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By Silviya Barrett
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A hiatus in UK railway spending decisions could lead to rail suppliers redirecting investment to other countries or slowing expansion plans in the UK, new research reveals.

A hiatus in UK railway spending decisions could lead to rail suppliers redirecting investment to other countries or slowing expansion plans in the UK, new research reveals.

Railway Industry Association

3 min read Partner content

On the eve of the Railway Industry Association’s Annual Conference, a survey of RIA members found that three quarters of businesses think a hiatus in rail work over the next year is likely, and that as a result, 57 percent could either prioritise work outside the UK and/or slow plans to expand in the UK.

The results of the Savanta survey come as the rail supply community gathers in London for the RIA conference, which takes place on Thursday and Friday of this week. The survey found that:

  • Rail business sentiment about the UK rail industry shows a mixed outlook for the year ahead: more companies (43 percent) now expect the rail industry to contract in the coming year than expect it to grow (34 percent), which is a reversal of sentiment compared to a year ago, when 45 percent thought the sector would grow and 31 percent predicted contraction.
  • But companies are more optimistic about their own prospects: 59 percent of respondents said that they expected their business to grow in the next year, compared to just 13 percent who foresee a contraction.
  • However, a key risk for the UK is the potential for a hiatus in investment decisions: 77 percent of rail suppliers said that they consider a hiatus in rail work either quite likely or very likely over the next 12 months, for example due to uncertainty over future rail funding or delays in decisions on rail reform.
  • For taxpayers and rail users, there are now risks from rising costs due to inflation and companies looking to shift investment overseas: rail suppliers are most likely to respond to the continuation of this hiatus by pausing or slowing expansion plans (36 percent of businesses), prioritising work outside of the UK (33 percent) and increasing the cost of products and services (31 percent). In addition, in response to rising inflation, 60 percent of companies said they were likely to have to increase the costs of products or services and 23 percent said they would be likely to prioritise work outside the UK.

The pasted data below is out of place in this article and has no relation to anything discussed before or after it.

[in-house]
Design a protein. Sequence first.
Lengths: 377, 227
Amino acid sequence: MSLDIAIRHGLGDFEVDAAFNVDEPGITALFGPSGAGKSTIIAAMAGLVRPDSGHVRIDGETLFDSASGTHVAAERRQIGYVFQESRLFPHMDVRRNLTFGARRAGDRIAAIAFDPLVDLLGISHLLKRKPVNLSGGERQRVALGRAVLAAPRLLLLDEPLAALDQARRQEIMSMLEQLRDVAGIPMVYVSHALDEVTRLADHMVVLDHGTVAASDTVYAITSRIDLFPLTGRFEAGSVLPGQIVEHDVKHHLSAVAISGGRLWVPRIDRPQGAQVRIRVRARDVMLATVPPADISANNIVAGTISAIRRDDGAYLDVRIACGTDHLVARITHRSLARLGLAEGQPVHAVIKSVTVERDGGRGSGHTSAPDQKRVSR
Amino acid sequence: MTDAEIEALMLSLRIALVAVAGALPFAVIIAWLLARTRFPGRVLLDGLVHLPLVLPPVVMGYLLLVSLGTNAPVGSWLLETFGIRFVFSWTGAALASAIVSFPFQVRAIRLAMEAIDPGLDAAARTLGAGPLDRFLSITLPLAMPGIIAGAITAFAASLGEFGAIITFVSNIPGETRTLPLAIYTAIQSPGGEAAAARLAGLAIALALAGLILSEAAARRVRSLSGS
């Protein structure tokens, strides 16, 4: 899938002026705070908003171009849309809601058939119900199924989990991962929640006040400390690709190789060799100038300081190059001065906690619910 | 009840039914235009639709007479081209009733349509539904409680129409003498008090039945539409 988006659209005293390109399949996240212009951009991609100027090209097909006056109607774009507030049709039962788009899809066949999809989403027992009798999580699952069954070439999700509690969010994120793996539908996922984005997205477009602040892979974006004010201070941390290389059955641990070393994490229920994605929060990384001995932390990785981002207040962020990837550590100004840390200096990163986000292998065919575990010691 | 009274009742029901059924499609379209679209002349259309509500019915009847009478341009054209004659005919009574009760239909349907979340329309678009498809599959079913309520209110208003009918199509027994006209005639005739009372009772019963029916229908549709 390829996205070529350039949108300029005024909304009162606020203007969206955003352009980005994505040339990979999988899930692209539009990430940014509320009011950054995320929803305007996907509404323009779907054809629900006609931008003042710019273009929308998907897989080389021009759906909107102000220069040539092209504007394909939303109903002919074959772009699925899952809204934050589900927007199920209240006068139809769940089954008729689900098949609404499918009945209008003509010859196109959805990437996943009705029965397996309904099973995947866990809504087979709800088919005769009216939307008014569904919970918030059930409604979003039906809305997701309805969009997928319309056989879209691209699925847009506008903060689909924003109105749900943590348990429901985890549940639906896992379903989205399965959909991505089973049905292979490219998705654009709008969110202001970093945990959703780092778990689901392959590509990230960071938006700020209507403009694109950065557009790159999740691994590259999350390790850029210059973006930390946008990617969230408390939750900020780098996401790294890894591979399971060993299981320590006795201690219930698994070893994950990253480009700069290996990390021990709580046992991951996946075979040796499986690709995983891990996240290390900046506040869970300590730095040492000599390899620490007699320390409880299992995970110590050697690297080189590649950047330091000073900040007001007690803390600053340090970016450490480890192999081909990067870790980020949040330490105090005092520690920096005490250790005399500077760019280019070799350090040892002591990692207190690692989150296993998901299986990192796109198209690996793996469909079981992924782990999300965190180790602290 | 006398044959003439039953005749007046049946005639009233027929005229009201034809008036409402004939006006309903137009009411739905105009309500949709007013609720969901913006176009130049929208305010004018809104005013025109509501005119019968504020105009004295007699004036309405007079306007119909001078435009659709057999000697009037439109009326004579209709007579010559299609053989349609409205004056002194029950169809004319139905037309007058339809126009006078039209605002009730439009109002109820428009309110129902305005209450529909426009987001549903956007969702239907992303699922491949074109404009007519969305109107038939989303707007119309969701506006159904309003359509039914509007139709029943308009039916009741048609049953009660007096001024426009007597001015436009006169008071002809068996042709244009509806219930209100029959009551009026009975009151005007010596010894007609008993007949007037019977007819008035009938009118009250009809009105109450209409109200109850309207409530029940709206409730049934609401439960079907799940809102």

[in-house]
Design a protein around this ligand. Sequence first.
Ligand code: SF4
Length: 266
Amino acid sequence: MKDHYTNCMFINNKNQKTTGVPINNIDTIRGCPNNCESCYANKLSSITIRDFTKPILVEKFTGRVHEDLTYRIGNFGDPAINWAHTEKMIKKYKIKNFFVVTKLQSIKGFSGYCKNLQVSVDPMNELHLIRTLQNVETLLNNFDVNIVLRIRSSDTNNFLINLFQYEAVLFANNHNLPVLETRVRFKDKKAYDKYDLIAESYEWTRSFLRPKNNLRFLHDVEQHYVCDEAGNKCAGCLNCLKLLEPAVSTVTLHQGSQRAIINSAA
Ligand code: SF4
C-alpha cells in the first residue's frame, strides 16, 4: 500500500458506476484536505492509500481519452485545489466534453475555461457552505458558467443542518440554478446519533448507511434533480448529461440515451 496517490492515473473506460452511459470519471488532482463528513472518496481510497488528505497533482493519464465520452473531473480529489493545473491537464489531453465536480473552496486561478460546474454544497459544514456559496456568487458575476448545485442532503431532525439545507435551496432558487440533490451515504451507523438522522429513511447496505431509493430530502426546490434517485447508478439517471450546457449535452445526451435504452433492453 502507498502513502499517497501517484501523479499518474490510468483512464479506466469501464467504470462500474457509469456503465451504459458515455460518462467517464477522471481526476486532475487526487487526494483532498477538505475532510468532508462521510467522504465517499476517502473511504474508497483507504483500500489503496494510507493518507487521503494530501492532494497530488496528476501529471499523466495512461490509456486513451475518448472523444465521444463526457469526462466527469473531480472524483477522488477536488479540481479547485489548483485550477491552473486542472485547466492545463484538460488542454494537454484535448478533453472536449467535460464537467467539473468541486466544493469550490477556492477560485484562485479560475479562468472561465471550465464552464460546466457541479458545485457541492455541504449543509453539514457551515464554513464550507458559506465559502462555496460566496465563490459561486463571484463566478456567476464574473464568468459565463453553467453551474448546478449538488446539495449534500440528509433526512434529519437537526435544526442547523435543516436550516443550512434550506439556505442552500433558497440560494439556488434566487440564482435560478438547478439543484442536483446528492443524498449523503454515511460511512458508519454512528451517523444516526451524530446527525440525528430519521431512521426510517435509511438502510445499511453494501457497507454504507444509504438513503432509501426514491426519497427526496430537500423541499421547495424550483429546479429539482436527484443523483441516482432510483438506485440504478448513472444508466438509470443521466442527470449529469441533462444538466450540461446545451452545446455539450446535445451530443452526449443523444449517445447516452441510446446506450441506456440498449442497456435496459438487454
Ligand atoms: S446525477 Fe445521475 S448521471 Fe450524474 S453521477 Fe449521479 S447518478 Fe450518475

Commenting, Railway Industry Association Chief Executive Darren Caplan said:

“The rail supply sector is in a prime position to play a key role in the UK’s post-pandemic economic recovery, and it is encouraging that despite the current economic backdrop, businesses are optimistic about their future. However, there is a real risk that businesses are put off investing in the UK because of uncertainty over future rail funding or delays in decisions on rail reform.

“The current ambiguity on the delivery of projects in the Rail Network Enhancements Pipeline and major schemes like HS2 and Northern Powerhouse Rail is also contributing to supplier anxiety over a hiatus in work, in what is already a difficult economic environment. It is concerning that the industry expects hiatus to continue well into 2023.

“Whilst RIA and our supplier members will of course take a proactive and positive approach to the future, we urge the Government to act now by giving more visibility and certainty on work pipelines. This would give businesses the confidence they need to keep investing in the UK, rather than slowing down expansion plans or redirecting investment overseas, so that we retain the skills and capabilities to meet the needs of a growing rail network in the coming years. 

“A visible pipeline also means the taxpayer gets best value for money, at a time when public finances are tight. We hope the Government heeds this call.”

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